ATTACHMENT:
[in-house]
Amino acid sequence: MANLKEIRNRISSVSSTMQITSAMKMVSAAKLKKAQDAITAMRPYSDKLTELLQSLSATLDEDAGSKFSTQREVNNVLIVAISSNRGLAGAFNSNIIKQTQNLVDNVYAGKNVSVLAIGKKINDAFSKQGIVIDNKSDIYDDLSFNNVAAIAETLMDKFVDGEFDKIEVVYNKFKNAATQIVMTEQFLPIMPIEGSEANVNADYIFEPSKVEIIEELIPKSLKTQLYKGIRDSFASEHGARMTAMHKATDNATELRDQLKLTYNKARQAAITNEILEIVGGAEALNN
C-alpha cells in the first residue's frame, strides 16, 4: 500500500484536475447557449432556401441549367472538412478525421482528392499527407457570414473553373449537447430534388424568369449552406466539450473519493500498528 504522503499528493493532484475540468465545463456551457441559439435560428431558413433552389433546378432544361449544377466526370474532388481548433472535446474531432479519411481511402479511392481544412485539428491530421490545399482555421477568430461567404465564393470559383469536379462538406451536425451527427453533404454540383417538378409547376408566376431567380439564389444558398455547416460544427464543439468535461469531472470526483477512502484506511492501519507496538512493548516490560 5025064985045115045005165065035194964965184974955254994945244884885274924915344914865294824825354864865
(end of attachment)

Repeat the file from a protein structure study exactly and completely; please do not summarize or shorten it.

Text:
[in-house]
Amino acid sequence: MANLKEIRNRISSVSSTMQITSAMKMVSAAKLKKAQDAITAMRPYSDKLTELLQSLSATLDEDAGSKFSTQREVNNVLIVAISSNRGLAGAFNSNIIKQTQNLVDNVYAGKNVSVLAIGKKINDAFSKQGIVIDNKSDIYDDLSFNNVAAIAETLMDKFVDGEFDKIEVVYNKFKNAATQIVMTEQFLPIMPIEGSEANVNADYIFEPSKVEIIEELIPKSLKTQLYKGIRDSFASEHGARMTAMHKATDNATELRDQLKLTYNKARQAAITNEILEIVGGAEALNN
C-alpha cells in the first residue's frame, strides 16, 4: 500500500484536475447557449432556401441549367472538412478525421482528392499527407457570414473553373449537447430534388424568369449552406466539450473519493500498528 504522503499528493493532484475540468465545463456551457441559439435560428431558413433552389433546378432544361449544377466526370474532388481548433472535446474531432479519411481511402479511392481544412485539428491530421490545399482555421477568430461567404465564393470559383469536379462538406451536425451527427453533404454540383417538378409547376408566376431567380439564389444558398455547416460544427464543439468535461469531472470526483477512502484506511492501519507496538512493548516490560 5025064985045115045005165065035194964965184974955254994945244884885274924915344914865294824825354864865